A SMTP implementor's conundrum
Today I ran across a good example of the sort of engineering conundrum that bedevils people who implement things like SMTP clients:
In a multiline SMTP reply, which reply code should you use if different lines of the reply have different codes?
That is, in a regrettably non-hypothetical example, if you send a
MAIL FROM:<something>' and get back:
250-There's a problem. 454 please try later
Should your client go on and send a
RCPT TO, go away to try
again later, or just run screaming?
(Sending such a multiline reply is not spec compliant, but our core mailer is held together by bailing wire and chewing gum, so these things surface every so often.)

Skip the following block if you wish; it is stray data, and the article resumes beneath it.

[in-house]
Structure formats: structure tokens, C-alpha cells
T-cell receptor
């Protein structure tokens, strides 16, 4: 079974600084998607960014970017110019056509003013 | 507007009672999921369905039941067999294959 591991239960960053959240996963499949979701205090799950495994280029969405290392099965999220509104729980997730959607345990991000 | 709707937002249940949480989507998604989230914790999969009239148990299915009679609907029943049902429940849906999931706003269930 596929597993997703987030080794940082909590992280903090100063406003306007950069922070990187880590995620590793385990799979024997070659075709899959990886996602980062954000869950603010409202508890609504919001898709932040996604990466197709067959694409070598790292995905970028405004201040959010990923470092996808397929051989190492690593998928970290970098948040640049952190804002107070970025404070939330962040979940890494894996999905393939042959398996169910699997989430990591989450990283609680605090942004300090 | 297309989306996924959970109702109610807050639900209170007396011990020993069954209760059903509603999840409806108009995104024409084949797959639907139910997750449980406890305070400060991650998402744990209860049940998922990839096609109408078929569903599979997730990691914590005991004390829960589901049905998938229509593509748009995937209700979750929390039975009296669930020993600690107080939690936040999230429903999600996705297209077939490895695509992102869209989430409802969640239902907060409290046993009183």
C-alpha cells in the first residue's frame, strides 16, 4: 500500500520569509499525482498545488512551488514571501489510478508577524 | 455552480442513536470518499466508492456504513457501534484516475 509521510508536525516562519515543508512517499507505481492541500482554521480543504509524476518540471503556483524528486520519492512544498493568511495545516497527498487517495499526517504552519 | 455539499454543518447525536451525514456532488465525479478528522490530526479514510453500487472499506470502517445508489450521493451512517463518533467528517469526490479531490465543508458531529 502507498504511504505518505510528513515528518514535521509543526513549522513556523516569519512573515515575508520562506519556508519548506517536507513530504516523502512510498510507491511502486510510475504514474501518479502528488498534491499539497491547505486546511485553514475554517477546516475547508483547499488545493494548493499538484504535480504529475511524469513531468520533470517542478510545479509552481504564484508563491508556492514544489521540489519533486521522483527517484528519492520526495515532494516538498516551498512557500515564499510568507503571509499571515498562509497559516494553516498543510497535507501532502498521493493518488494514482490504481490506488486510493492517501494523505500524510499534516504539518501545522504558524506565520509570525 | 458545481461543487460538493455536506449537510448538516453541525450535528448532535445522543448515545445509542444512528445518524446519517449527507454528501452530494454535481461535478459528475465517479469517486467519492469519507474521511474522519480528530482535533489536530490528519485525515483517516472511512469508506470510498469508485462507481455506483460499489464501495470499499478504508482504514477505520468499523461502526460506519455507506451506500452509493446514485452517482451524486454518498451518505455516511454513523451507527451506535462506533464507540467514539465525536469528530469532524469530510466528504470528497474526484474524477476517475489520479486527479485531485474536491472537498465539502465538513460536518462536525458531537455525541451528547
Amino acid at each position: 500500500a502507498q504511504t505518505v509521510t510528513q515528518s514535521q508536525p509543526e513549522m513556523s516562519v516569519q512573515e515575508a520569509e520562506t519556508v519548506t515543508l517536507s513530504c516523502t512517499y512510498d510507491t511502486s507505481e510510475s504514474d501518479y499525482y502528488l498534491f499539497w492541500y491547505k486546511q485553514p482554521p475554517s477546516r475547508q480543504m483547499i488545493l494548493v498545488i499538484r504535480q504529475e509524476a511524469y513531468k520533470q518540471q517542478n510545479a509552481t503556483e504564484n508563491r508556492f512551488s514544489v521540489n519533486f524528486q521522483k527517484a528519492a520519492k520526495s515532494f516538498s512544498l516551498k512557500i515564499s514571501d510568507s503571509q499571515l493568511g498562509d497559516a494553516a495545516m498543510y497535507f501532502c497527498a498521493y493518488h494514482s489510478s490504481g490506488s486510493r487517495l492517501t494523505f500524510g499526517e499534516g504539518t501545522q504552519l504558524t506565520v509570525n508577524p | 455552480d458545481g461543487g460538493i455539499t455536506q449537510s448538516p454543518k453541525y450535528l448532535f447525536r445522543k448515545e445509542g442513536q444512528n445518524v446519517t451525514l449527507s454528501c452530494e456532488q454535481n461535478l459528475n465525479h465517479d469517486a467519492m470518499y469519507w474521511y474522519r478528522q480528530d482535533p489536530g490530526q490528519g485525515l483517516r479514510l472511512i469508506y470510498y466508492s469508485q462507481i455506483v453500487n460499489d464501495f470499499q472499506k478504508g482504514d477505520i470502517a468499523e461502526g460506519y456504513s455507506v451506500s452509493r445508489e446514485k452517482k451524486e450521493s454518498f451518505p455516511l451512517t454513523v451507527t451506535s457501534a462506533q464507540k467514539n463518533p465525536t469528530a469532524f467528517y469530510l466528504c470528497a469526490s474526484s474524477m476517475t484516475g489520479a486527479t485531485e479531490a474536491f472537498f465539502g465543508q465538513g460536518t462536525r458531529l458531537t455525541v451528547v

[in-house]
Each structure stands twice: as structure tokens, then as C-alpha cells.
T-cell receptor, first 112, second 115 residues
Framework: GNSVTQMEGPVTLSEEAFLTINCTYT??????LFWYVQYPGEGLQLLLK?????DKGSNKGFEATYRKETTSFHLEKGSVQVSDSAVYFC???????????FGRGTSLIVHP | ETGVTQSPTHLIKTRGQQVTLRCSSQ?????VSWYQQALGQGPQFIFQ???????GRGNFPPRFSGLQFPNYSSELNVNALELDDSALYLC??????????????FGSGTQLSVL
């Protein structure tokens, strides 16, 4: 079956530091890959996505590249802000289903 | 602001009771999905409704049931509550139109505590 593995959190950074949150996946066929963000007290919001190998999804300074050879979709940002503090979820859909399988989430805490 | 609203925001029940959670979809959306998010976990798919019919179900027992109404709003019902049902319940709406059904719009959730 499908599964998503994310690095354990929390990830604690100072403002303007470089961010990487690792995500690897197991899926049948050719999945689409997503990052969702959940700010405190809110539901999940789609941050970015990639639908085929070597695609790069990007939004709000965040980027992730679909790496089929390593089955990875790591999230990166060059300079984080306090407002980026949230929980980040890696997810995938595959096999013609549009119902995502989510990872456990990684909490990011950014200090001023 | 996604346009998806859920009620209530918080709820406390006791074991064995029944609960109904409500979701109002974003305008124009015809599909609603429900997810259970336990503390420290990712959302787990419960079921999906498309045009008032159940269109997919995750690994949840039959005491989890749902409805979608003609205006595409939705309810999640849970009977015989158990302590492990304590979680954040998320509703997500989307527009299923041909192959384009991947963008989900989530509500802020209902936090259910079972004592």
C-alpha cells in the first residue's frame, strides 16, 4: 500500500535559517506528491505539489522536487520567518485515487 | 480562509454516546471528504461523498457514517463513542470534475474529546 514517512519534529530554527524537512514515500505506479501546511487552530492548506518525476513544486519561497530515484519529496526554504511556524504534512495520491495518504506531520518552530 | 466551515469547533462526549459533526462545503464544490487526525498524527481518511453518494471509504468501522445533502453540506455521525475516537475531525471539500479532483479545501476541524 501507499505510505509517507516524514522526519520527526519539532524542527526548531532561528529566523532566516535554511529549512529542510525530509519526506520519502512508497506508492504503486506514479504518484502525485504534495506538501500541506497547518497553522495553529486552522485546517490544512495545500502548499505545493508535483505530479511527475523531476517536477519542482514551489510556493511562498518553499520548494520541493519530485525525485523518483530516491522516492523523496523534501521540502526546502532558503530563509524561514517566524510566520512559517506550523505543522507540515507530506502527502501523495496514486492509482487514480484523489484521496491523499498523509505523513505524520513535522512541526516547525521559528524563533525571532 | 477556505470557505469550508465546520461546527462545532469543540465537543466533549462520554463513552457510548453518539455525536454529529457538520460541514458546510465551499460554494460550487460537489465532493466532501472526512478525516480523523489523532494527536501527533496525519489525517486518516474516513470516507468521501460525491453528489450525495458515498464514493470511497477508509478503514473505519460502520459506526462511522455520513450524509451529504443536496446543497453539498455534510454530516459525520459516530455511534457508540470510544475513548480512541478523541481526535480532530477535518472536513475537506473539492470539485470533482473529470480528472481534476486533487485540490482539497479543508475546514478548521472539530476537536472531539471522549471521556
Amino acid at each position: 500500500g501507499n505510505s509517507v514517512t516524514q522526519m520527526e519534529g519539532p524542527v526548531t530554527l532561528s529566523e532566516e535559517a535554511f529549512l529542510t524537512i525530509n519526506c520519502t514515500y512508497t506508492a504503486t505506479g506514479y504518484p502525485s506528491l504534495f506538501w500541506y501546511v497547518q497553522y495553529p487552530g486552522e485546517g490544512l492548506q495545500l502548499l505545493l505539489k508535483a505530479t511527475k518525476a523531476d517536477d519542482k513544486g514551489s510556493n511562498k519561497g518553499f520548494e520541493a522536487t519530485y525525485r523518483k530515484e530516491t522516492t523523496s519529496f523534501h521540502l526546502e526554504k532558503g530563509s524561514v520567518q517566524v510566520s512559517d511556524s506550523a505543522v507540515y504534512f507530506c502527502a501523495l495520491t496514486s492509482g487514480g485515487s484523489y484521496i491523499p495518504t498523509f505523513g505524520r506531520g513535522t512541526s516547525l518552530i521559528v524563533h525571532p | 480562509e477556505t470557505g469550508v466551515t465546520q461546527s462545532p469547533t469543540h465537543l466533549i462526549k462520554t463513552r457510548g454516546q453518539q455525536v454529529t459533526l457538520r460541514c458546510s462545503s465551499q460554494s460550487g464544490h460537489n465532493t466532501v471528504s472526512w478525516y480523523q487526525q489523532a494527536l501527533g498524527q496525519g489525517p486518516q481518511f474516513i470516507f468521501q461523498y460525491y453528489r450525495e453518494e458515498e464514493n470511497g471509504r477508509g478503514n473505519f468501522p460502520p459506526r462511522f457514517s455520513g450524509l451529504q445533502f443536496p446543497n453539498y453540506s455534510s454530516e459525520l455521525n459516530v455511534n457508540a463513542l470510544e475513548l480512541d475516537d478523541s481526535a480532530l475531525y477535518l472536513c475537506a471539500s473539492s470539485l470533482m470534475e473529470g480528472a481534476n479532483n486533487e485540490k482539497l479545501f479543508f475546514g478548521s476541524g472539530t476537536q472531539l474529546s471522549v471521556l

RFC 2821 is silent on this,
unsurprisingly. Our usual MTA and all the code I've had a hand in
has used the last line's reply code, and I've been assuming that
that's how everyone operated. But today I found out that Exim appears to use the first line's reply code
instead, and so thinks that its
MAIL FROM was accepted.
(Then when Exim goes on to send a
RCPT TO, the server sees it
as an out of phase command, which is a 5xx hard error and Exim
bounces the message. I think they were all spam messages, so I'm
not too broken up about this.)
I think our choice of using the last line's reply code makes more sense (and is more likely to be the server's intention). But I can't exactly blame Exim for its decision, and I have to admit that I'm biased.